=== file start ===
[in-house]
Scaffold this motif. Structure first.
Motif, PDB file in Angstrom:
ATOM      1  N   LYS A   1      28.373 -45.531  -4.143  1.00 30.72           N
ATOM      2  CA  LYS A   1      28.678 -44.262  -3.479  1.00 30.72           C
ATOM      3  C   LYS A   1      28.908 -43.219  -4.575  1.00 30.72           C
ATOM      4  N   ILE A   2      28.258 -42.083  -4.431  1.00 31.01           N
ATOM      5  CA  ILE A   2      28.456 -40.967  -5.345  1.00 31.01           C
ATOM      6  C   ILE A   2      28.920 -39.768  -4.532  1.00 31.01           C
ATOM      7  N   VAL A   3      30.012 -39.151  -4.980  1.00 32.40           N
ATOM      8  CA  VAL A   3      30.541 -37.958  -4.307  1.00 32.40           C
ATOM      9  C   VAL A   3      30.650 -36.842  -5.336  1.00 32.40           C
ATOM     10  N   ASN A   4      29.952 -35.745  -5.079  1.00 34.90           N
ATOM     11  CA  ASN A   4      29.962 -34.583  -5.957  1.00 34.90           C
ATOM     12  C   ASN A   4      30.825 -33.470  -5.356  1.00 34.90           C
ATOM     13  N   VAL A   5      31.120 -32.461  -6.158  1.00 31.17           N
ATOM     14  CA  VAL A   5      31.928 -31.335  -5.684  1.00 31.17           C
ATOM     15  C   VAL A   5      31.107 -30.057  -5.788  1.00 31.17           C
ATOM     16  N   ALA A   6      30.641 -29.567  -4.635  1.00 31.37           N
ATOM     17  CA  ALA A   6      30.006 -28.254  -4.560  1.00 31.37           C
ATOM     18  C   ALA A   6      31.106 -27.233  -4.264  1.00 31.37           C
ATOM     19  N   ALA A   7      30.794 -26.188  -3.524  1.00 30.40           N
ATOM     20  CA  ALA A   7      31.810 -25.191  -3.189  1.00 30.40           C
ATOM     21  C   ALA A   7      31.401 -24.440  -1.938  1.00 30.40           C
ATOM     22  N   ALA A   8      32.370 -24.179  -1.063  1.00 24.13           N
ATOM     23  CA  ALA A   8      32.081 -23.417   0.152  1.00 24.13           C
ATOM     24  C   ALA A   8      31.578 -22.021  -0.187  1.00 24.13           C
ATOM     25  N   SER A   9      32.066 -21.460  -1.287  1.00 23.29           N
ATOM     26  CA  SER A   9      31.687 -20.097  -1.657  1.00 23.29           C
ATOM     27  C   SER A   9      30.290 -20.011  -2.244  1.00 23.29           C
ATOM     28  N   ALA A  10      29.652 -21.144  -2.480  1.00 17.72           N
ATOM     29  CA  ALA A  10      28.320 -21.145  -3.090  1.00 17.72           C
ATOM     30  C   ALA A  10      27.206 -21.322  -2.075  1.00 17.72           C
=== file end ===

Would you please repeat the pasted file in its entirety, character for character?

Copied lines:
[in-house]
Scaffold this motif. Structure first.
Motif, PDB file in Angstrom:
ATOM      1  N   LYS A   1      28.373 -45.531  -4.143  1.00 30.72           N
ATOM      2  CA  LYS A   1      28.678 -44.262  -3.479  1.00 30.72           C
ATOM      3  C   LYS A   1      28.908 -43.219  -4.575  1.00 30.72           C
ATOM      4  N   ILE A   2      28.258 -42.083  -4.431  1.00 31.01           N
ATOM      5  CA  ILE A   2      28.456 -40.967  -5.345  1.00 31.01           C
ATOM      6  C   ILE A   2      28.920 -39.768  -4.532  1.00 31.01           C
ATOM      7  N   VAL A   3      30.012 -39.151  -4.980  1.00 32.40           N
ATOM      8  CA  VAL A   3      30.541 -37.958  -4.307  1.00 32.40           C
ATOM      9  C   VAL A   3      30.650 -36.842  -5.336  1.00 32.40           C
ATOM     10  N   ASN A   4      29.952 -35.745  -5.079  1.00 34.90           N
ATOM     11  CA  ASN A   4      29.962 -34.583  -5.957  1.00 34.90           C
ATOM     12  C   ASN A   4      30.825 -33.470  -5.356  1.00 34.90           C
ATOM     13  N   VAL A   5      31.120 -32.461  -6.158  1.00 31.17           N
ATOM     14  CA  VAL A   5      31.928 -31.335  -5.684  1.00 31.17           C
ATOM     15  C   VAL A   5      31.107 -30.057  -5.788  1.00 31.17           C
ATOM     16  N   ALA A   6      30.641 -29.567  -4.635  1.00 31.37           N
ATOM     17  CA  ALA A   6      30.006 -28.254  -4.560  1.00 31.37           C
ATOM     18  C   ALA A   6      31.106 -27.233  -4.264  1.00 31.37           C
ATOM     19  N   ALA A   7      30.794 -26.188  -3.524  1.00 30.40           N
ATOM     20  CA  ALA A   7      31.810 -25.191  -3.189  1.00 30.40           C
ATOM     21  C   ALA A   7      31.401 -24.440  -1.938  1.00 30.40           C
ATOM     22  N   ALA A   8      32.370 -24.179  -1.063  1.00 24.13           N
ATOM     23  CA  ALA A   8      32.081 -23.417   0.152  1.00 24.13           C
ATOM     24  C   ALA A   8      31.578 -22.021  -0.187  1.00 24.13           C
ATOM     25  N   SER A   9      32.066 -21.460  -1.287  1.00 23.29           N
ATOM     26  CA  SER A   9      31.687 -20.097  -1.657  1.00 23.29           C
ATOM     27  C   SER A   9      30.290 -20.011  -2.244  1.00 23.29           C
ATOM     28  N   ALA A  10      29.652 -21.144  -2.480  1.00 17.72           N
ATOM     29  CA  ALA A  10      28.320 -21.145  -3.090  1.00 17.72           C
ATOM     30  C   ALA A  10      27.206 -21.322  -2.075  1.00 17.72           C